The show provided a hypnotic mix of musical genres.
Ten years ago I was studying abroad in Ireland. It was January and the heat in my house was broken. The first night I called my mother crying, watching my breath, gray clouds around my face. When we hung up I put on all of the clothes that I had packed, my winter coat, and burrowed myself under a blanket. I situated my laptop under my blanket tent and played the Wood Brothers and Andru Bemis until I fell into a bone chilling sleep.
A month or so later, I was still cold, but I had settled in, was working on my writing degree and doing a radio show on campus. One day, in the studio, I came across a YouTube video of the Wood Brothers performing for Mason Jar Music in a stairwell at St. Cecilia’s School in Brooklyn.
I’ve been listening to that same YouTube song, “Luckiest Man,” for ten years, and wondering what the Wood Brothers have been up to. I kept that song to myself, like a little treasure, and felt like the Wood Brothers were fictional musicians that I’d imagined on a cold Limerick night.
I know that’s silly, the Wood Brothers are really accomplished. Blue Note Records released their first album in 2006, and since then they’ve come out with around seven more albums as the Wood Brothers. They had even performed in my hometown of Ann Arbor at The Ark , around that same time, ten years ago. But, I still liked to consider them my personal treasure.
Recently Oliver Wood started his own project, The Oliver Wood Trio, and came out with the album, Always Smilin’. It felt a little like a pilgrimage for me to see Wood at the Ark in May. Obviously, in the last ten years Wood and his music changed, bloomed, smoothed. I am different too.
From the first minute that Wood and his bandmates, Ted Pecchio on bass, and Jano Rix, on keys, percussion, keytar, and occasionally guitar, stepped out, there was a feeling of relaxed professionalism and complete control over notes and the crowd. Wood told us that the trio would be playing some songs from the Wood Brothers, covers, songs from the new album, and just “winging it.”
Wood and his bandmates know each other well. You can see that they trust one another. For them, winging it means experimentation, new melodies, themes, and riffs, without one uninteresting moment. Once, Rix took a solo on keys and Wood hummed along, comping. It was like watching a conversation. Rix took some of Wood’s vocal ideas and played them on the keys and the drums (at the same time, mind you! Rix is a master multi-tasker). The trio played a Bob Dylan cover, an Allen Toussaint cover somewhere near the middle of the show (this one was my personal fav and it got many people up to dance), and then later a Joni Mitchell song.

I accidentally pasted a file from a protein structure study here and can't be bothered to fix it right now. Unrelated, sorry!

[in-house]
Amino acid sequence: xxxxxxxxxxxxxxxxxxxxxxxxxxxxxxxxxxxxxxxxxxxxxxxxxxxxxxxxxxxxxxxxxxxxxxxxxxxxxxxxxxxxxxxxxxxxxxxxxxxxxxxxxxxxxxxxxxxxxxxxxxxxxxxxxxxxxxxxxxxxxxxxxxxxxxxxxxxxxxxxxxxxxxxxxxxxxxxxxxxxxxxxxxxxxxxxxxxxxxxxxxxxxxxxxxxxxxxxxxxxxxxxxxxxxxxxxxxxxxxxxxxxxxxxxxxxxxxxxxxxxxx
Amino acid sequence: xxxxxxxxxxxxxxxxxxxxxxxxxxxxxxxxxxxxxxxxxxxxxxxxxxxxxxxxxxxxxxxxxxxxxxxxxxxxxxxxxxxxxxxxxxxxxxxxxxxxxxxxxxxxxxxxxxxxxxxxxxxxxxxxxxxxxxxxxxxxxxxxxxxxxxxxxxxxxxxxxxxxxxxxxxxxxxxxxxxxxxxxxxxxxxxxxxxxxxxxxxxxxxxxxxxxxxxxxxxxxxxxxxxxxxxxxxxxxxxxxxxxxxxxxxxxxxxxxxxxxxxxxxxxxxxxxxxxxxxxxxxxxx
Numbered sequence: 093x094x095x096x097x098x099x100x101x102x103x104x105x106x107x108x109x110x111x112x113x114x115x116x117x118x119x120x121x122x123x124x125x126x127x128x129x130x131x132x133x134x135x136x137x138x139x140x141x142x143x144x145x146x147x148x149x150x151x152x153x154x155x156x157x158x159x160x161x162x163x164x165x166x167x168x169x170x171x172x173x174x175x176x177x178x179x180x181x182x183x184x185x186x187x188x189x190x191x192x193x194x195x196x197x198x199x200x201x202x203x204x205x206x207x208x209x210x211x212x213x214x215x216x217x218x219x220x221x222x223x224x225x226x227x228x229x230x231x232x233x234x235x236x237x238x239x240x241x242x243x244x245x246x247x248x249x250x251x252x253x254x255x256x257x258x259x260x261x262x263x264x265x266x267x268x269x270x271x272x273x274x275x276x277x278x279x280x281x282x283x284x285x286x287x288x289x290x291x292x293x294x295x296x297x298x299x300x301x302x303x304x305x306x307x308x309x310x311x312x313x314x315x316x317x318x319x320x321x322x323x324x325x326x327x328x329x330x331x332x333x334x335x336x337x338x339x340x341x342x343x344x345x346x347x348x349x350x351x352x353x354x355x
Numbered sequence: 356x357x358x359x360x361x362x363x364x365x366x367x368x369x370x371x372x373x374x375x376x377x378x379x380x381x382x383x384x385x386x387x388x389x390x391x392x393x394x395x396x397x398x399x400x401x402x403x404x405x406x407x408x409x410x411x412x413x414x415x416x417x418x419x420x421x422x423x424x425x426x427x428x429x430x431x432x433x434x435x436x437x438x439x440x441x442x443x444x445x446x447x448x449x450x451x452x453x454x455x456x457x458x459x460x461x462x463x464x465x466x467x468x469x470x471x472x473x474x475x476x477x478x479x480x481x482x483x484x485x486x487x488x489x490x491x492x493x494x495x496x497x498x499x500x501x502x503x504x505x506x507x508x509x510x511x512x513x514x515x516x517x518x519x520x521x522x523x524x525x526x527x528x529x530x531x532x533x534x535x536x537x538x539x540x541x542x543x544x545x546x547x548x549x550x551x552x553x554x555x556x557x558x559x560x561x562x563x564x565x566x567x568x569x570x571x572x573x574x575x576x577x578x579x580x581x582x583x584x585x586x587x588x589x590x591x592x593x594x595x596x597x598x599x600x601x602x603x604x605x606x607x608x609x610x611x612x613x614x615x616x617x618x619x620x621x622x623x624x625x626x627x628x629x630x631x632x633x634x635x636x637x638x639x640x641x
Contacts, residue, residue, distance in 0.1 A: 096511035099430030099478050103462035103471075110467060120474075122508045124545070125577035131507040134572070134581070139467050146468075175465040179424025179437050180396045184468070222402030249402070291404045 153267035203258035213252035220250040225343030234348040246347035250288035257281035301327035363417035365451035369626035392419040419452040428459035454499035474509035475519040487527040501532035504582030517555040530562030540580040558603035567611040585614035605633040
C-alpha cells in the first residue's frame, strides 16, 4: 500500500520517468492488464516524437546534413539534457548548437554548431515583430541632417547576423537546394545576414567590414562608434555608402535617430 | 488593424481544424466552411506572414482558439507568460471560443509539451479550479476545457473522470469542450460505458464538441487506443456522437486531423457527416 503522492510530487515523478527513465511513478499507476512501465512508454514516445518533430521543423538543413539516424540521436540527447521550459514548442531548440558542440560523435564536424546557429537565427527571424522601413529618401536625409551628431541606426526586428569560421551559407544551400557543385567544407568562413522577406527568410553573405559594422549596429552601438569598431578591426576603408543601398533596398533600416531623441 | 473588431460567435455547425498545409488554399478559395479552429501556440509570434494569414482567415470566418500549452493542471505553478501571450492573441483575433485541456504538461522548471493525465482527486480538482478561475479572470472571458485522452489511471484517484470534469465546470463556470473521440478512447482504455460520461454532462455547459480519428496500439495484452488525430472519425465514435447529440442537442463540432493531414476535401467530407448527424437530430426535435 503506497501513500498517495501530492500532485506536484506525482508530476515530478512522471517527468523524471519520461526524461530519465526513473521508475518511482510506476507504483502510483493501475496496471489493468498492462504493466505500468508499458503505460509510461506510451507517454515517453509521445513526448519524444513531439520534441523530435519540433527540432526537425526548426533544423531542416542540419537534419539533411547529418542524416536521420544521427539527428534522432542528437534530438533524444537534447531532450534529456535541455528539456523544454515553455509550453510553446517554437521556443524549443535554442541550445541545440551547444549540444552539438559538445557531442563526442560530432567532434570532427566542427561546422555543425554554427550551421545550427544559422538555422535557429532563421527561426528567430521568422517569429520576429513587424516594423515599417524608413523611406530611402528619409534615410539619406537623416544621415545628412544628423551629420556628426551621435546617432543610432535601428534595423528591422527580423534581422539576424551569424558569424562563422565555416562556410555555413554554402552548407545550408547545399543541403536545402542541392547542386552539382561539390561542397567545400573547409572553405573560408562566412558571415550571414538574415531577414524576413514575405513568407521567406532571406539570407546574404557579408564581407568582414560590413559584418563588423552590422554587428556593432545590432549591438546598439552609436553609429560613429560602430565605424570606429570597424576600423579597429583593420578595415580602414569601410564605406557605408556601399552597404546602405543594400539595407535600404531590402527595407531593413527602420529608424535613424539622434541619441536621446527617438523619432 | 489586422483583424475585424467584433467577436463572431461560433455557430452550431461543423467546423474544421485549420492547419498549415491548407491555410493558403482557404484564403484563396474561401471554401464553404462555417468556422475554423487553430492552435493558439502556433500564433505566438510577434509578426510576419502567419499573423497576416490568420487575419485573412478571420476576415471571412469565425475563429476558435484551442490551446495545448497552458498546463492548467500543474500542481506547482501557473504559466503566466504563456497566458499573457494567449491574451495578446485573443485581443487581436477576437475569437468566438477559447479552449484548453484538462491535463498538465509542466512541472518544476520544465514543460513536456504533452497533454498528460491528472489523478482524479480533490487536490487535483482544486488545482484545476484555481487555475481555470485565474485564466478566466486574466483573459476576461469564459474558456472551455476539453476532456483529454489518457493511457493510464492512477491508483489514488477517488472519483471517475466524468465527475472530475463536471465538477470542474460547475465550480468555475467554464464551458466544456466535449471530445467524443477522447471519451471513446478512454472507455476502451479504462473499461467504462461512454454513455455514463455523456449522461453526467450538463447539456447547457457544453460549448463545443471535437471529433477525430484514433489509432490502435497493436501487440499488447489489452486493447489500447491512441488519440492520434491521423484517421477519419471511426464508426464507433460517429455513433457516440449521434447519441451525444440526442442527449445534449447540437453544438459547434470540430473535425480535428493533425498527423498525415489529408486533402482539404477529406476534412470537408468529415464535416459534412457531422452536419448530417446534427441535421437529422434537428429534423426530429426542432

Wood jokingly referred to Rix as the MVP in the band and I can see why. Wood brings a folky, blues feel to the band, and Rix builds on those layers and adds his own. He can play really complex rhythms that sound latin in origin, or, sometimes, like in their cover of “Buckets of Rain,” Rix plays the cowbell. Together, Wood, Rix, and Pecchio are masters of bringing their songs straight back to the basics, drums, guitar, and bass, and then building back up to something that sounds more like a six person band.
I heard several audience members remark that the sounds coming from the band couldn’t be from just three people. Of course, the trio did bring out one more person, Ric Robertson, their opener, for several songs. As Wood said to the audience, “That boy can play.”
At first, Robertson reminded me of the character, Llwen Davis, played by Oscar Isaac in the Coen brothers film Inside Llewan Davis. He came out traditional style, just a man and his guitar, and played us this amazing and moving mix of folk, country and blues. Some of my favorite lyrics came from Robertson’s song, “Anna Rose.”
Robertson sings, “You stay with me everywhere I go…/ But on the days I’m blue/ And feel like checking out of this world too/ I send a whisper in the world to you.” My dad, my forever concert plus-one, told me to tell y’all that there’s a sorrow in Robertson, and regret in his vignettes. I agree but there’s a lot more too. Robertson is funny and playful. He was quick to laugh during his set, to joke, and to add puns to his lyrics. Robertson also played piano during his set, and when the trio called Robertson on stage he played a mandolin. Robertson fit in seamlessly with the band, adding some embellishment, some flourish, onto Wood’s guitar work and Pecchio’s funky bass lines. It made me happy to see the four of them together and the sentence, just some dudes playin’ their favorite tunes, came to mind.
The trio played for an hour and a half. They came back out to play a single song: my Limerick song, my cold day song, my actual favorite Wood Brothers’ song, “Luckiest Man.” It was the same, but of course different too. There was still the richness of Wood’s voice and the warmth of the main melody, but there was more this time. Rix kicked out some percussive beats that gave a new tang to the song and Pecchio brought out some funk, and of course, this time there was the harmony of the trio’s vocals coming together.
I guess that’s what years do for you. I’m not going to tell you that I’ve let go of my favorite version of the song, the stairwell version, but I also can’t promise that I won’t listen to this new version for ten years if I find it on Youtube. I always thought of the Wood Brothers as being a folk and blues mix, but together, the Oliver Wood Trio can transcend to a hypnotic mix of folk and blues, funk and gospel, country and jazz.